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How to Deal with Pre-assigned Project Resources

A project manager can’t always get the resources they want. But if they try some sometimes, they just might find they get what they need. Before throwing up your hands, before looking for new job prospects, Project Risk Coach blogger Harry Hall recommends trying these four strategies to rope in those project resources.

Roping in the Resources

  1. Negotiate.
  2. Influence.
  3. Acquire outside resources.
  4. Develop your teams.

The process might start like Kübler-Ross’s seven stages of grief, but here, we’re skipping denial (you’ve admitted that you’re short-staffed / supplied / funded) and jumping straight to negotiation. You’ll want to locate whoever is in charge of allocating resources and go knocking on their door. Don’t go straight for the jugular (your project needs). Instead, talk about goals and requisite skills. Then make a recommendation for additional resources.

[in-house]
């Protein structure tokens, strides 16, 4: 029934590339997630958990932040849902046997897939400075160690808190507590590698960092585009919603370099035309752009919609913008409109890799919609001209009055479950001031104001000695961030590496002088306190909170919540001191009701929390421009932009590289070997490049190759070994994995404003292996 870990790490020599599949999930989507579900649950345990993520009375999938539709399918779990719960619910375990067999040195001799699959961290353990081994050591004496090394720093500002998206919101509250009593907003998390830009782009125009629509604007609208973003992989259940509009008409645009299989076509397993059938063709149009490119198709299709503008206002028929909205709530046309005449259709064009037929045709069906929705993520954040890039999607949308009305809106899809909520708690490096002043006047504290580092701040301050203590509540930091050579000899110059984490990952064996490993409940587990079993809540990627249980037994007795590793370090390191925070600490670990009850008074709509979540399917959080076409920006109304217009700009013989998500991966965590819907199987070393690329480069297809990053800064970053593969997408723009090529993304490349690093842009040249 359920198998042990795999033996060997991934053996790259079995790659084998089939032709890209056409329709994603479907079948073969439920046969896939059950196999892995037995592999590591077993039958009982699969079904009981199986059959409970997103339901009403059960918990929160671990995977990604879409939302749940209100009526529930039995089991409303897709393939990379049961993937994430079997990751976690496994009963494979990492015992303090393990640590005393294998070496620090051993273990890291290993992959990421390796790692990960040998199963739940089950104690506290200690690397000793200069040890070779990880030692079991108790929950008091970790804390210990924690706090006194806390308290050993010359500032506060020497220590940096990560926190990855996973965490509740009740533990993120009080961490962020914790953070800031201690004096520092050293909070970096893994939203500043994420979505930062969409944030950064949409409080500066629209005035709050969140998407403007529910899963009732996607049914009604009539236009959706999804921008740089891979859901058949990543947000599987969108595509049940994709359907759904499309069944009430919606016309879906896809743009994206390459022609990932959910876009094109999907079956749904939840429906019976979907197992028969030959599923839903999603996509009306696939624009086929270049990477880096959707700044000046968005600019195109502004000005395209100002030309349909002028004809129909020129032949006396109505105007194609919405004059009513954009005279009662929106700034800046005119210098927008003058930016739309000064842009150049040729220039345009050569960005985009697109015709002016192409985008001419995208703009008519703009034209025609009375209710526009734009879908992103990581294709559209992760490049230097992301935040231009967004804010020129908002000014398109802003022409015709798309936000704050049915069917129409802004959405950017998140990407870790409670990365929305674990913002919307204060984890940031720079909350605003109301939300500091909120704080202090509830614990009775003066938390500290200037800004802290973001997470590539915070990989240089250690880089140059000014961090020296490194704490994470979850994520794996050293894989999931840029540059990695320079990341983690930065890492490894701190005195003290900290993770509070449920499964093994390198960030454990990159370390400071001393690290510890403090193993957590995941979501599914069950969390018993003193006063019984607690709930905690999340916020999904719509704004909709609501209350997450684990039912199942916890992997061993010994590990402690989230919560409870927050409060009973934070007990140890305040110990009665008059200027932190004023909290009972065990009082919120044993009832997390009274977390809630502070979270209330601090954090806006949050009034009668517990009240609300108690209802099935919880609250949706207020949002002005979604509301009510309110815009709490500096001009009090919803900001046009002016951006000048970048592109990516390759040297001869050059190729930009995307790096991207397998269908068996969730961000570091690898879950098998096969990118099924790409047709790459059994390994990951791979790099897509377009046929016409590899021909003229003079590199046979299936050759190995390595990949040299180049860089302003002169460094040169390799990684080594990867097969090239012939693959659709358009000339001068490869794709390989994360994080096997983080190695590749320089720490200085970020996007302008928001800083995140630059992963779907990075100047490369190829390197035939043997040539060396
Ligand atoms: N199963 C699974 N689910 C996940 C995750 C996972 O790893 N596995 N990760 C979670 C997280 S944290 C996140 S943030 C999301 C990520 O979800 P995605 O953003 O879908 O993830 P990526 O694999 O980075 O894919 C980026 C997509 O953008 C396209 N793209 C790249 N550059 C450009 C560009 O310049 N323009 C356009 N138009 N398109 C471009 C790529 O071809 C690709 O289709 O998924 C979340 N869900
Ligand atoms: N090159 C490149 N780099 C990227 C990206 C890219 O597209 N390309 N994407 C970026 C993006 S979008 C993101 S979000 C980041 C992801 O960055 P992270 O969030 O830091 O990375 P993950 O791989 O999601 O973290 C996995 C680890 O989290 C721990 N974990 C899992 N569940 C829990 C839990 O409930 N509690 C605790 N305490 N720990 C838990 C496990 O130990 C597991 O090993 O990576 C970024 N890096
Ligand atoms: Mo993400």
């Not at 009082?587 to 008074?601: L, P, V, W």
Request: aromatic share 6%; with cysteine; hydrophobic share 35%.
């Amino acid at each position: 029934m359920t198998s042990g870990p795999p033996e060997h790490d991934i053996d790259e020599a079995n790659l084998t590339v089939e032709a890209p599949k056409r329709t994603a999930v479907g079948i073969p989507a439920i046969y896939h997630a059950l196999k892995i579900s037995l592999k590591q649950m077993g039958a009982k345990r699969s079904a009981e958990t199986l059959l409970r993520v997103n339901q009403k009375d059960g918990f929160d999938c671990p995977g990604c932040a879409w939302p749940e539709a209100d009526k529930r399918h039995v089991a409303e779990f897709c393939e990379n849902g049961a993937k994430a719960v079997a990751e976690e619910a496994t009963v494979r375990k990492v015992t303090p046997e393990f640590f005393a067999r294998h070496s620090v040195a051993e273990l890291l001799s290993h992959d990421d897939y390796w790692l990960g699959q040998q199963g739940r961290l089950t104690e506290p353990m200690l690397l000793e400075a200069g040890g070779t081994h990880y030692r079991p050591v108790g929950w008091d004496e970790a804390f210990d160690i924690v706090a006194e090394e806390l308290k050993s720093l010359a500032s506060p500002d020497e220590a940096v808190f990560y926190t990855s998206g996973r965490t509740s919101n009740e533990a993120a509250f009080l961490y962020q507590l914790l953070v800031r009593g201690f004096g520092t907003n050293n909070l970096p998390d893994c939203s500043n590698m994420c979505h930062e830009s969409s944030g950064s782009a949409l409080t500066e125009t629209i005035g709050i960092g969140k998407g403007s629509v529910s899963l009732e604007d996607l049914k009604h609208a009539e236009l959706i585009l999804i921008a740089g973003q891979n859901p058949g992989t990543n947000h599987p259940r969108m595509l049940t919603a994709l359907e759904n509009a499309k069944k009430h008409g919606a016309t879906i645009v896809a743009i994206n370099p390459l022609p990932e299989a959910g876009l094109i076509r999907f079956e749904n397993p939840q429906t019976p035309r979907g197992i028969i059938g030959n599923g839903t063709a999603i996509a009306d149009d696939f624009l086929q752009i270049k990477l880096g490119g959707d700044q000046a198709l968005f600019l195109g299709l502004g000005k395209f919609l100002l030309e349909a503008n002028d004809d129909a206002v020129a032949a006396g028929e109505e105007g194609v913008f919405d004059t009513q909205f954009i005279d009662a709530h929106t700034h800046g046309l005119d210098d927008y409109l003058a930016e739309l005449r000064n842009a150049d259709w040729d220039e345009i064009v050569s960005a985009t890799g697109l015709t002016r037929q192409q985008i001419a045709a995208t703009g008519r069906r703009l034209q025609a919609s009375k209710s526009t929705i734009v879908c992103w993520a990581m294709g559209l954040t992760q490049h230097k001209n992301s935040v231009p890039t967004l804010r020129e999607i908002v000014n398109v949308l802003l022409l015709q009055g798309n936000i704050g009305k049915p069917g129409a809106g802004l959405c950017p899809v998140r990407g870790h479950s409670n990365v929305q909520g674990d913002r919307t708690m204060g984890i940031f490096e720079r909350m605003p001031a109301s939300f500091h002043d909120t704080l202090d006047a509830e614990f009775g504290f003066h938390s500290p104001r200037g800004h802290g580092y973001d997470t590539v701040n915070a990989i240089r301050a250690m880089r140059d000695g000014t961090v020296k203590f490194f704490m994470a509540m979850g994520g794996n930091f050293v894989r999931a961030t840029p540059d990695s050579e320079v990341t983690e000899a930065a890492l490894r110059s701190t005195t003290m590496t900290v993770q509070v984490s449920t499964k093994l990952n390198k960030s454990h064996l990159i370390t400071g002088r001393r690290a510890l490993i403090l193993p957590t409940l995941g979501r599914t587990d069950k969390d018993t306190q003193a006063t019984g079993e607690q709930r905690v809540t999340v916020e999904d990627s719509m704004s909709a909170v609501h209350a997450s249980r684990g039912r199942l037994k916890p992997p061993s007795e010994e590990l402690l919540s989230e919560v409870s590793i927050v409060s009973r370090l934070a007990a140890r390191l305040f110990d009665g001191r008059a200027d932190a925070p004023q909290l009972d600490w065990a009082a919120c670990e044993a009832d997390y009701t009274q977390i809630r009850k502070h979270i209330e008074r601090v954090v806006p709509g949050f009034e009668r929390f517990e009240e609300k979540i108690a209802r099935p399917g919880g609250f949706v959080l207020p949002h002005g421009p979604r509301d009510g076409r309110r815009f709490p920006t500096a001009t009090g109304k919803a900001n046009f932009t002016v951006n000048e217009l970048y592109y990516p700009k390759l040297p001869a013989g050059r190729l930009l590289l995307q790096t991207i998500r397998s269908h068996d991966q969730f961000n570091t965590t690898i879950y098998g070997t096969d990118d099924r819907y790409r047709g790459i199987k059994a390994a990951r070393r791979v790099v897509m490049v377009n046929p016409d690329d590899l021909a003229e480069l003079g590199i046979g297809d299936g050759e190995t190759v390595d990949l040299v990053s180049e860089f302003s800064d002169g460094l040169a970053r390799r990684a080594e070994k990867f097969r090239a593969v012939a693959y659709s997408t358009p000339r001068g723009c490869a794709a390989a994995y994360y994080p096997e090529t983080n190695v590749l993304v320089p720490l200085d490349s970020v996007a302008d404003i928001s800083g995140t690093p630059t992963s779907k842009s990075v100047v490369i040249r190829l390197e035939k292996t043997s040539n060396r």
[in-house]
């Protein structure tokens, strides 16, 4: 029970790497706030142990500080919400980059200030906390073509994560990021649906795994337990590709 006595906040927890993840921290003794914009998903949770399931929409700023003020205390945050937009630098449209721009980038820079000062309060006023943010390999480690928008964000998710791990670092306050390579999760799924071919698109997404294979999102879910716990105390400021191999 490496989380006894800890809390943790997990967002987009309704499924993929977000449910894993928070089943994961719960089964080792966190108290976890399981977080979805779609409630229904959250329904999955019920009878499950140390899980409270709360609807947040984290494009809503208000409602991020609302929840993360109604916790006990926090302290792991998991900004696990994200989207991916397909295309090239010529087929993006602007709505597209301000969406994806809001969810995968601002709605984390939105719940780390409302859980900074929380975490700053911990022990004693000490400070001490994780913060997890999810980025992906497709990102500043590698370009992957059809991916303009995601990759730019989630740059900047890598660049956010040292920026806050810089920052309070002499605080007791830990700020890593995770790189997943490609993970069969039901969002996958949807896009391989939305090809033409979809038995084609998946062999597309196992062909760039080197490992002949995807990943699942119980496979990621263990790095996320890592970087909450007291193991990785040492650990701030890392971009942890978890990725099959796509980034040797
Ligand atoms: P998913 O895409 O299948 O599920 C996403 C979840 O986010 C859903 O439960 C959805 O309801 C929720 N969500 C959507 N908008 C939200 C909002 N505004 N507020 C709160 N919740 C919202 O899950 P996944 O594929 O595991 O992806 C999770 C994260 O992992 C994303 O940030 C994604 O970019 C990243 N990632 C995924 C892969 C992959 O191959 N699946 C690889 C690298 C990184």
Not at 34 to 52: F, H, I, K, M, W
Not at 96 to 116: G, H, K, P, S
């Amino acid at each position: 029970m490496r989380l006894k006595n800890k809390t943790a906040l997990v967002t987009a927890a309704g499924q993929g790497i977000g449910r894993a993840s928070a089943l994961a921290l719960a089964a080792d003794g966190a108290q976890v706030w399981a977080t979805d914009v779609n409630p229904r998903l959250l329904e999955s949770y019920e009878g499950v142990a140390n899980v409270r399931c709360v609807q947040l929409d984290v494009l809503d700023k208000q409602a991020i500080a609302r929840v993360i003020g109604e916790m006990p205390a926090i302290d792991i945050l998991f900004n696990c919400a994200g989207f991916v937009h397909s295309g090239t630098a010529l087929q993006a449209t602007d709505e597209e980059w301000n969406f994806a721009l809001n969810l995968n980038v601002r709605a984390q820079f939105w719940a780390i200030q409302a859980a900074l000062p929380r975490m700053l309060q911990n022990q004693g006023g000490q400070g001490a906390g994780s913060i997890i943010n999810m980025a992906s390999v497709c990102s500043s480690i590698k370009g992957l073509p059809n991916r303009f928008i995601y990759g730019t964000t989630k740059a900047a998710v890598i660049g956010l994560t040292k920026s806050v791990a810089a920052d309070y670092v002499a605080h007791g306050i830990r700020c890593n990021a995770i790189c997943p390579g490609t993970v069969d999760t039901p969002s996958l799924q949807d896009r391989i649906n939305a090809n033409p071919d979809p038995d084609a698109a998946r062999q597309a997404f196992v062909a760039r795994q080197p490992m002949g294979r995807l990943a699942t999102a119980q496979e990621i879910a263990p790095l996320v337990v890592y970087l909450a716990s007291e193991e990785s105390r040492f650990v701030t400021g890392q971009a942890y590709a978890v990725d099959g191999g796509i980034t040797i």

But perhaps there is no single source of power toward which the PM can direct their pleas for aid, or perhaps that source is once (twice, or three times) removed from the PM’s station. In that case, you’ll need to rely on what connections you do have to indirectly reach the appropriate person(s). If you’re lucky enough to be involved in a project early on, you’ll get a chance to survey the skills landscape and start to work for a more ideal set of resources from square one – in addition to manually improving skills and building team cohesion.

And speaking of team cohesion, the common PM experience always involves some degree of inadequacy, whether it’s in ‘skills’ or in the ‘group chemistry’ department. Think of managing a team as building a puzzle. The edge pieces are your basic skills framework. If that’s mostly intact, you can start to make the “easy connections” work. If the murky skills areas don’t all match up it’s not the end of the world, so long as the overall resource picture is clear and effective.

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About Eric Anderson

Eric Anderson is a staff writer for CAI's Accelerating IT Success. He is an intern at Computer Aid Inc., pursuing his master's degree in communications at Penn State University.

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